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It can be awkward when a patient asks you about a report in their favourite tabloid detailing an amazing research breakthrough or a ‘cutting-edge’ new treatment / test and you don’t know what they are talking about! So this section fills you in on the facts.


Men with low risk prostate cancer must be offered option to ‘watch and wait’ instead of gruelling treatment

The Telegraph – 9 May 2019

One of the big developments in the last few months has been the publication of the updated National Institute for Health & Care Excellence (NICE) Prostate Cancer Guideline. Multiple news outlets ran with the updated guidance on active surveillance (AS) and several of those confused it with watchful waiting. In short, the new guidance (NG131) does not actually change the recommendations for AS, it does re-phrase the recommendation however. Previously the recommendations stated, “offer AS to men with low-risk disease who are suitable for radical treatment” (or words to that effect), the newer recommendations state “offer a choice between AS, radiotherapy and surgery”. A subtle change, but the new recommendations also now include lengthy tables of data to discuss with patients during the decision-making process. The data, much like the PREDICT website, informs patients of the likelihood of progression, metastasis, erectile dysfunction, urinary disturbance for each of AS, surgery and radiotherapy. I, for one, thoroughly welcome the addition of the new tables. I value having this kind of information to hand on which to ground consultations. The effect of this change though is to further reinforce the use of AS as a ‘good’ option, given the far lower risk of bowel, bladder and erectile difficulties associated with it. The new recommendations then are really a change to how AS should be presented as an option, rather than a change to actual management strategies. Time will tell, but perhaps this approach may prove a more cost-effective way of managing men with low-risk disease.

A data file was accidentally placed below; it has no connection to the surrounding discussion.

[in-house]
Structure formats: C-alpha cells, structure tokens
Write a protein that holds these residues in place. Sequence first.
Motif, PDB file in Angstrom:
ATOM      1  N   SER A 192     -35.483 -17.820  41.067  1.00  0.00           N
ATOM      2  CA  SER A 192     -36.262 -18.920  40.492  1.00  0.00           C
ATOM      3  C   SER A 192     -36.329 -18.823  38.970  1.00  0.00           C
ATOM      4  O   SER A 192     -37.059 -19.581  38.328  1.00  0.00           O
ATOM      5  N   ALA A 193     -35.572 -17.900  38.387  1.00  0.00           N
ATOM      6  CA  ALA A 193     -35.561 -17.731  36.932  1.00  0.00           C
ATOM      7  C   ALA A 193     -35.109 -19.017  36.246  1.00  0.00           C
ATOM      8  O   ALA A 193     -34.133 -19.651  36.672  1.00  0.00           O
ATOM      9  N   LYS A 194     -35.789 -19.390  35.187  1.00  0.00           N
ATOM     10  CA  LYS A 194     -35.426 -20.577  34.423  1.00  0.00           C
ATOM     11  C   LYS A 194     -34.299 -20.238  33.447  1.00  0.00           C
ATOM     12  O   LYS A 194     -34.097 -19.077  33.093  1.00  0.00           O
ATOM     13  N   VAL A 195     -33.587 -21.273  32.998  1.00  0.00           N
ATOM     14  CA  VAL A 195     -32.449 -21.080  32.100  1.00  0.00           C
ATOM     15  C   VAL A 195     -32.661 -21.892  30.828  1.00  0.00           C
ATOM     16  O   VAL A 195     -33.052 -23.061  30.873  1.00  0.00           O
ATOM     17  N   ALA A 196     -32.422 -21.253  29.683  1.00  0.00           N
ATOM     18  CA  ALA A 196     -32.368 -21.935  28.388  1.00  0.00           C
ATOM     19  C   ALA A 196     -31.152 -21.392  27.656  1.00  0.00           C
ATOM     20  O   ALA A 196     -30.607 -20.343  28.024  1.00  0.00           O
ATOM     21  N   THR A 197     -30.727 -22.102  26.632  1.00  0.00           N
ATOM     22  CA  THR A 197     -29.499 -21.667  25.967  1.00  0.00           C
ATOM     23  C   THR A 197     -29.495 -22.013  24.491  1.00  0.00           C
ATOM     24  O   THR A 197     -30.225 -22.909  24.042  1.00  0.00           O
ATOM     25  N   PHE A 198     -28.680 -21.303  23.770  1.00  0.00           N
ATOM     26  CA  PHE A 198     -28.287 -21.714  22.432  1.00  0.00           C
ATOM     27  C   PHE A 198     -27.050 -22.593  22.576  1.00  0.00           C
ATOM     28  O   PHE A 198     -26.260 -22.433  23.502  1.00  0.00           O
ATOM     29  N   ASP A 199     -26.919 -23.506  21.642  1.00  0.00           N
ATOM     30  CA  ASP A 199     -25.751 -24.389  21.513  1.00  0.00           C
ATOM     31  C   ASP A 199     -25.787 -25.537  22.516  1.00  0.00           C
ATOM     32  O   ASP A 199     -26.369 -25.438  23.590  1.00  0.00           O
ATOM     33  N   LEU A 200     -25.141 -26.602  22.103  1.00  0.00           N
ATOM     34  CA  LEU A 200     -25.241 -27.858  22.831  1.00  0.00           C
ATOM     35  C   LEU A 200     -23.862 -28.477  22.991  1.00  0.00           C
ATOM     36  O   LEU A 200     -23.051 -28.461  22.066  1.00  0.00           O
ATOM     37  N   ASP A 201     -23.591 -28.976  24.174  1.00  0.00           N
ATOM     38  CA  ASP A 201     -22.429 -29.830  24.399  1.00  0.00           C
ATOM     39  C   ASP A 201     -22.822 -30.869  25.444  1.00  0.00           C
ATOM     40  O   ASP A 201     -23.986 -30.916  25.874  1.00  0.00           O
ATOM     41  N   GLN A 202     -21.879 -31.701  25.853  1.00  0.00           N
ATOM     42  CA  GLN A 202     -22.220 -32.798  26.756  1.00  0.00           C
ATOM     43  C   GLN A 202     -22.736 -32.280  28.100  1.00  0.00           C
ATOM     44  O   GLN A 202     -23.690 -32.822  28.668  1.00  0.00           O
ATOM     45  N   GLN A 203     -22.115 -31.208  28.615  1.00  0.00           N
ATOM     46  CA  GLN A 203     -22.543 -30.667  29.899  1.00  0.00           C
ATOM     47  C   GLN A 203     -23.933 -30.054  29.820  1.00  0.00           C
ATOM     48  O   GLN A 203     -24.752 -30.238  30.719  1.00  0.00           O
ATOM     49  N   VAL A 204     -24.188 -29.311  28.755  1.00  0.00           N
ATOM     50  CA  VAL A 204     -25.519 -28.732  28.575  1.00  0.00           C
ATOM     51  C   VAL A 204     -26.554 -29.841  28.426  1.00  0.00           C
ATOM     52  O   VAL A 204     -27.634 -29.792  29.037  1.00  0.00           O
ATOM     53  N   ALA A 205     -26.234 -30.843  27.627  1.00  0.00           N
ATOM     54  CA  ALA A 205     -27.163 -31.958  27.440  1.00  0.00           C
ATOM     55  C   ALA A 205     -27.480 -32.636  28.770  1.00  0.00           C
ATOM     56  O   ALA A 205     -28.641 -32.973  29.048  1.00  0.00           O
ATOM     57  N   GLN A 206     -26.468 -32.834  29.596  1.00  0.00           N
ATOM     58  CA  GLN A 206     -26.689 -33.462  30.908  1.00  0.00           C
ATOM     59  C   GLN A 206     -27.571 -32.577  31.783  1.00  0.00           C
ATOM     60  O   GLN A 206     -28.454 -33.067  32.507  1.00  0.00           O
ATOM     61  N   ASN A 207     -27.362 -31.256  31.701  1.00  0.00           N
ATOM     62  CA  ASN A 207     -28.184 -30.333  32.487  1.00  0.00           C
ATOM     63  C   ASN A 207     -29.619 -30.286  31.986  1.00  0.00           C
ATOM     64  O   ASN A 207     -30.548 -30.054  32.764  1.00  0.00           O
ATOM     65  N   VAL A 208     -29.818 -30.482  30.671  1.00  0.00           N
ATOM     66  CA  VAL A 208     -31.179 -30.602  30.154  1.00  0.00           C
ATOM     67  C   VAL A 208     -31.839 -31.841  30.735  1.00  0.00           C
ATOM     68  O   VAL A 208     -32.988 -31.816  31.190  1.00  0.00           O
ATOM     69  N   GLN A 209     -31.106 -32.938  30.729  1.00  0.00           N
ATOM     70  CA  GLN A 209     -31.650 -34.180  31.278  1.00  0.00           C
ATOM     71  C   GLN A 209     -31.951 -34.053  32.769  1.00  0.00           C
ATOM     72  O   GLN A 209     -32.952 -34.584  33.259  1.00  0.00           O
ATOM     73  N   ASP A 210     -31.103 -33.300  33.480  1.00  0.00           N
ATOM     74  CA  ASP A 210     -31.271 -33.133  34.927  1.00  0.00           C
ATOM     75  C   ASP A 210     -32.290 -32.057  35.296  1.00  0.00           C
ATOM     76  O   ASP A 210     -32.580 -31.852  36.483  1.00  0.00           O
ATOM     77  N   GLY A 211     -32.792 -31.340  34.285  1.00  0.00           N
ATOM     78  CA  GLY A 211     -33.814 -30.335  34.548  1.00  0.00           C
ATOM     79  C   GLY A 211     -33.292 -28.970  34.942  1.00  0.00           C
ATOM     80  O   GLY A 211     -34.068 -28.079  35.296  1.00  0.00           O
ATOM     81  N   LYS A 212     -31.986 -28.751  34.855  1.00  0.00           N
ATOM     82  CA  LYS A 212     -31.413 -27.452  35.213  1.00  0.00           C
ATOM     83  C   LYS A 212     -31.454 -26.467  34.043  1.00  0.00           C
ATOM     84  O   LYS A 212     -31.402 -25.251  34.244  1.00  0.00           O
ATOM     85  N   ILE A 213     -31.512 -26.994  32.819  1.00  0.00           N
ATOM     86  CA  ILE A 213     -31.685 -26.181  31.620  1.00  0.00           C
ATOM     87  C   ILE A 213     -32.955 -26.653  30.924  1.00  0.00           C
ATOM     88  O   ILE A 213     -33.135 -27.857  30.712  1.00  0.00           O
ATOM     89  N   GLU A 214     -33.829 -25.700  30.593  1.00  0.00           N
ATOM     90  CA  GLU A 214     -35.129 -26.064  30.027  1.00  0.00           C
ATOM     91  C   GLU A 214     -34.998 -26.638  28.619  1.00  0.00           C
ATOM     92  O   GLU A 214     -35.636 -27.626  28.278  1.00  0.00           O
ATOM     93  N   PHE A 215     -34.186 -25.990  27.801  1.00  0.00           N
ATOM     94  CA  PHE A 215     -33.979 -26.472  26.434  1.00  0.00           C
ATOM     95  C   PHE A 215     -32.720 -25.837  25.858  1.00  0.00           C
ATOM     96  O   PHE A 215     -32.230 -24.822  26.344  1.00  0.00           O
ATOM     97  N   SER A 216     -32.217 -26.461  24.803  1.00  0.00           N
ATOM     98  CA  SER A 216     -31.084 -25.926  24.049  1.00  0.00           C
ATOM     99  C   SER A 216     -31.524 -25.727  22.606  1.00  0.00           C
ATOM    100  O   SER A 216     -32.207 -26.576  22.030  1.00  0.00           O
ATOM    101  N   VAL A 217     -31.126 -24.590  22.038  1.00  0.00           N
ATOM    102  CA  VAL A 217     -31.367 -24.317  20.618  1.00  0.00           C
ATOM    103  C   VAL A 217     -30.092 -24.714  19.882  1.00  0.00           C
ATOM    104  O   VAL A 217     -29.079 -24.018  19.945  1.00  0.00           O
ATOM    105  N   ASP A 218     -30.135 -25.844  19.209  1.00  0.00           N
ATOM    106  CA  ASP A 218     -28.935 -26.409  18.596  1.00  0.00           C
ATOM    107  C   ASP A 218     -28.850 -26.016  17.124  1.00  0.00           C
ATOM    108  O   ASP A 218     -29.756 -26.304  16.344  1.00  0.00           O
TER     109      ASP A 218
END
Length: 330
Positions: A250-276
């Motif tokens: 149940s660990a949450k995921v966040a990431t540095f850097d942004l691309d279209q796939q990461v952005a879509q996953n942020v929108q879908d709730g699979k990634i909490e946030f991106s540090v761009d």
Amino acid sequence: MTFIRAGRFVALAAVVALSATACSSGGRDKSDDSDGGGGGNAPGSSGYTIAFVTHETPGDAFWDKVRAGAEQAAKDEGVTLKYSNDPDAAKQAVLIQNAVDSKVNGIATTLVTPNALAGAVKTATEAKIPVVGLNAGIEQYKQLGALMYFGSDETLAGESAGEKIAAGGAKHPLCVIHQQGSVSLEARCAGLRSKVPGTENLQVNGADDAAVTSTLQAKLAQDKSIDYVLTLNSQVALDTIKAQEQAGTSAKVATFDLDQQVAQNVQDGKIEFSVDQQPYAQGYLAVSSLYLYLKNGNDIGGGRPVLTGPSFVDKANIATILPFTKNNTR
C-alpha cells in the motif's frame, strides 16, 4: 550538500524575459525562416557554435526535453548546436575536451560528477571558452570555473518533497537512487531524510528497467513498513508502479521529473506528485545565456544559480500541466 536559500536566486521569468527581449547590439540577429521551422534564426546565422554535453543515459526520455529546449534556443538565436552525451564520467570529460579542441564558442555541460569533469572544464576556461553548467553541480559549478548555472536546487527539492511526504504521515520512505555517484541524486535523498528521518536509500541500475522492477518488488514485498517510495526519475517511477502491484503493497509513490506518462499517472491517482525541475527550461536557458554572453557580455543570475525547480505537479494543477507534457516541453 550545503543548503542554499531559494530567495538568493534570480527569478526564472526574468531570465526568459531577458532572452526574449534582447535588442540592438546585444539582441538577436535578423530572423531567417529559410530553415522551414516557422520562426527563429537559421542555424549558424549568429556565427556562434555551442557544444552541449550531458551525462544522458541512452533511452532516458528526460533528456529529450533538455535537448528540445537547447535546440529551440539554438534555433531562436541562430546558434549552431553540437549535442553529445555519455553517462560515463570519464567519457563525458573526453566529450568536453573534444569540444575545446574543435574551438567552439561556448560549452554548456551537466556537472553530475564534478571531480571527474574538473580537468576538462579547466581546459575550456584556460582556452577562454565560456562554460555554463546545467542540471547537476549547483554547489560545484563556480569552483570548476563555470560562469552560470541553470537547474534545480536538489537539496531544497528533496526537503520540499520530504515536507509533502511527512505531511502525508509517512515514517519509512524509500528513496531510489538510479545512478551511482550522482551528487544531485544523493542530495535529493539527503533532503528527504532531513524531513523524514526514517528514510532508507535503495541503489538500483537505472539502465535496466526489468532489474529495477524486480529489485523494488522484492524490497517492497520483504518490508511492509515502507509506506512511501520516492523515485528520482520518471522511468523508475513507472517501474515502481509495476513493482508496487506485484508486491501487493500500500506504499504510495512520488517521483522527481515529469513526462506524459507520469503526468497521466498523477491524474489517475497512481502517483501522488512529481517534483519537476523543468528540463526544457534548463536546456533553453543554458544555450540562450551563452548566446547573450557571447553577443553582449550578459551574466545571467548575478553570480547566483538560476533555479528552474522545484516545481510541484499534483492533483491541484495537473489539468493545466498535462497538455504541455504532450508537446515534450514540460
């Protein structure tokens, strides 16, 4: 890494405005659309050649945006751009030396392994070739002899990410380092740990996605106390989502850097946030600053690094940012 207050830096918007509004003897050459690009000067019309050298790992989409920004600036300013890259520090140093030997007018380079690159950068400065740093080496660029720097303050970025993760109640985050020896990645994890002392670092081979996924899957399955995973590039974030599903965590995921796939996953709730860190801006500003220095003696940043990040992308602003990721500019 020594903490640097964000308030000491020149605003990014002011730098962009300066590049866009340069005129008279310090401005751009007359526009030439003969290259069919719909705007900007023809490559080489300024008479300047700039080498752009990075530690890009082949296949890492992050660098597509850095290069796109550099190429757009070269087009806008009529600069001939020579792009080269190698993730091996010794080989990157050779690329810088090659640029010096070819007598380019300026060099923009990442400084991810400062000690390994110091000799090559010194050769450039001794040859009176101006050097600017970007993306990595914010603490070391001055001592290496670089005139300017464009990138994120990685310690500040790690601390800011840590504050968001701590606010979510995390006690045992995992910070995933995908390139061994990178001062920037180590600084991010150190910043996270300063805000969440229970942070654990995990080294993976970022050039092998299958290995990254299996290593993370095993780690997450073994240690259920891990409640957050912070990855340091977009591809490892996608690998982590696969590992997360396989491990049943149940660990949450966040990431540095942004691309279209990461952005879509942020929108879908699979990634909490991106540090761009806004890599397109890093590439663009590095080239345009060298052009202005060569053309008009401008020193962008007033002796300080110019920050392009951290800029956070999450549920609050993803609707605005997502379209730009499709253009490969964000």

Curiously, the AS protocol offered for consideration has changed as well. Five years ago, the loose plan for AS included a recommendation for a repeat prostate biopsy at 12 months. This has now been dropped from the May 2019 guidance. In fact, the protocol no longer includes any ‘routine’ repeat biopsy. Instead, repeat biopsy is simply reactive and in response to PSA or MRI changes. I suspect many of us will greet this change in much the same way as one-year discharges of pTa G1 urothelial cancers were met. It leaves me feeling a little uneasy and I suspect there will be slow uptake on this particular change.


The race to beat prostate cancer: With new tests that spare men needless biopsies, which is right for you?

The Daily Mail – 29 April 2019

An audible groan escaped me when I read the headline. There seems to be a couple of stories like this one every year and I occasionally cover them here, because it will be the first thing the patient brings up when you recommend a prostate biopsy. I, probably much like you, take a degree of umbrage with the suggestion that I am performing ‘needless’ biopsies. Clearly, patients generally do not like having to have biopsies and I do not believe that any urologist relishes having to carry them out. They are simply the most definitive way we have of determining whether or not a man ought to be offered treatment.

The article gives a very good and thorough examination of available screening tests. Many are familiar (PCA3, serum kallikreins, etc.), the names of the newer ‘liquid biopsies’ (examining for key proteins in the urine) were not familiar to me. Of course, none of these tests are available on the NHS and none of them provide enough diagnostic accuracy to replace biopsy at this time. So, we are stuck with the ‘necessary evil’ that is prostate biopsy, at least for now. I greatly look forward to the day when it is no longer needed however.


Penis enlargements do NOT work and can make it SMALLER

The Daily Mail – 10 May 2019

The Daily Mail reports on the work of Mr Gordon Muir and his team at King’s College. Coming hot on the heels of Mr Asif Muneer’s recent recommendation against DIY penis surgery, Mr Muir’s team have published their paper ‘Systematic Review of Surgical and Nonsurgical Interventions in Normal Men Complaining of Small Penis Size’ in Sexual Medicine Reviews, warning of the outcomes of surgeon performed treatments. A total of 17 studies are included in the review, all studies with less than 10 patients were excluded.

A total of 21 different surgical and non-surgical interventions were performed in 1192 men and despite widely differing and weak methodology (with limited follow-up), outcomes were assessed in terms of patient satisfaction and complications. In a nutshell, patient satisfaction is poor (less than 20%) and complications were not infrequent, sometimes with scarring leading to loss of length. It validates what we already knew, that men who have an issue with their penis have deeper rooted issues and more than likely require counselling rather than surgery. The penis enlargement ‘industry’ has been steadily growing in recent years, despite a lack of evidence to support it, hopefully this publication and newspaper article will do something to redress the balance.

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